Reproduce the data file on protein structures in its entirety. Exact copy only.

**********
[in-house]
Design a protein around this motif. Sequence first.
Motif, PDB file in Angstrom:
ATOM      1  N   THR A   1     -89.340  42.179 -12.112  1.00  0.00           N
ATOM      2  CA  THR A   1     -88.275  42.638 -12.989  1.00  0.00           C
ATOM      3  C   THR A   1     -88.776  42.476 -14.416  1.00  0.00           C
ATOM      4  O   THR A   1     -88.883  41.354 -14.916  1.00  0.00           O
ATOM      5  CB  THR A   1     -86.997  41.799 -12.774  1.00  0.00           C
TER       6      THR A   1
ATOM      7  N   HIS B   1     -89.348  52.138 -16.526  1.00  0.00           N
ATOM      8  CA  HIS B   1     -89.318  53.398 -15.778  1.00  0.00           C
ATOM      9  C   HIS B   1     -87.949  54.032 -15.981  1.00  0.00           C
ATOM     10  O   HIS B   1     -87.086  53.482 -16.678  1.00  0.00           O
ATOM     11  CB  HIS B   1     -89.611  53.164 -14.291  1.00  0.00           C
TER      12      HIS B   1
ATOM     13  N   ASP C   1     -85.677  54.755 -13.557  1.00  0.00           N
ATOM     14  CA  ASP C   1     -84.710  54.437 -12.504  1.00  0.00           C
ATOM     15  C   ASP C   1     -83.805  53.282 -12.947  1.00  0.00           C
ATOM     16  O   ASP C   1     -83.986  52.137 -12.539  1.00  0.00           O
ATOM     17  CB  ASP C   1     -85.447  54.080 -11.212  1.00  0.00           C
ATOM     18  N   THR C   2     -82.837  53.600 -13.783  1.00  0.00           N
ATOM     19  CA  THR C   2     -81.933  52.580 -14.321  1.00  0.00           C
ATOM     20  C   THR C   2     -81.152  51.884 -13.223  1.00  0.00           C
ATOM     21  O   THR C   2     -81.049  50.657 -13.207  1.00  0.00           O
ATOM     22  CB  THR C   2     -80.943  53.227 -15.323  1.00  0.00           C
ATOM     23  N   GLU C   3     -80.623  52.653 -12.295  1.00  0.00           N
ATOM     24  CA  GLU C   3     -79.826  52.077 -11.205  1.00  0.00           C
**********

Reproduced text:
[in-house]
Design a protein around this motif. Sequence first.
Motif, PDB file in Angstrom:
ATOM      1  N   THR A   1     -89.340  42.179 -12.112  1.00  0.00           N
ATOM      2  CA  THR A   1     -88.275  42.638 -12.989  1.00  0.00           C
ATOM      3  C   THR A   1     -88.776  42.476 -14.416  1.00  0.00           C
ATOM      4  O   THR A   1     -88.883  41.354 -14.916  1.00  0.00           O
ATOM      5  CB  THR A   1     -86.997  41.799 -12.774  1.00  0.00           C
TER       6      THR A   1
ATOM      7  N   HIS B   1     -89.348  52.138 -16.526  1.00  0.00           N
ATOM      8  CA  HIS B   1     -89.318  53.398 -15.778  1.00  0.00           C
ATOM      9  C   HIS B   1     -87.949  54.032 -15.981  1.00  0.00           C
ATOM     10  O   HIS B   1     -87.086  53.482 -16.678  1.00  0.00           O
ATOM     11  CB  HIS B   1     -89.611  53.164 -14.291  1.00  0.00           C
TER      12      HIS B   1
ATOM     13  N   ASP C   1     -85.677  54.755 -13.557  1.00  0.00           N
ATOM     14  CA  ASP C   1     -84.710  54.437 -12.504  1.00  0.00           C
ATOM     15  C   ASP C   1     -83.805  53.282 -12.947  1.00  0.00           C
ATOM     16  O   ASP C   1     -83.986  52.137 -12.539  1.00  0.00           O
ATOM     17  CB  ASP C   1     -85.447  54.080 -11.212  1.00  0.00           C
ATOM     18  N   THR C   2     -82.837  53.600 -13.783  1.00  0.00           N
ATOM     19  CA  THR C   2     -81.933  52.580 -14.321  1.00  0.00           C
ATOM     20  C   THR C   2     -81.152  51.884 -13.223  1.00  0.00           C
ATOM     21  O   THR C   2     -81.049  50.657 -13.207  1.00  0.00           O
ATOM     22  CB  THR C   2     -80.943  53.227 -15.323  1.00  0.00           C
ATOM     23  N   GLU C   3     -80.623  52.653 -12.295  1.00  0.00           N
ATOM     24  CA  GLU C   3     -79.826  52.077 -11.205  1.00  0.00           C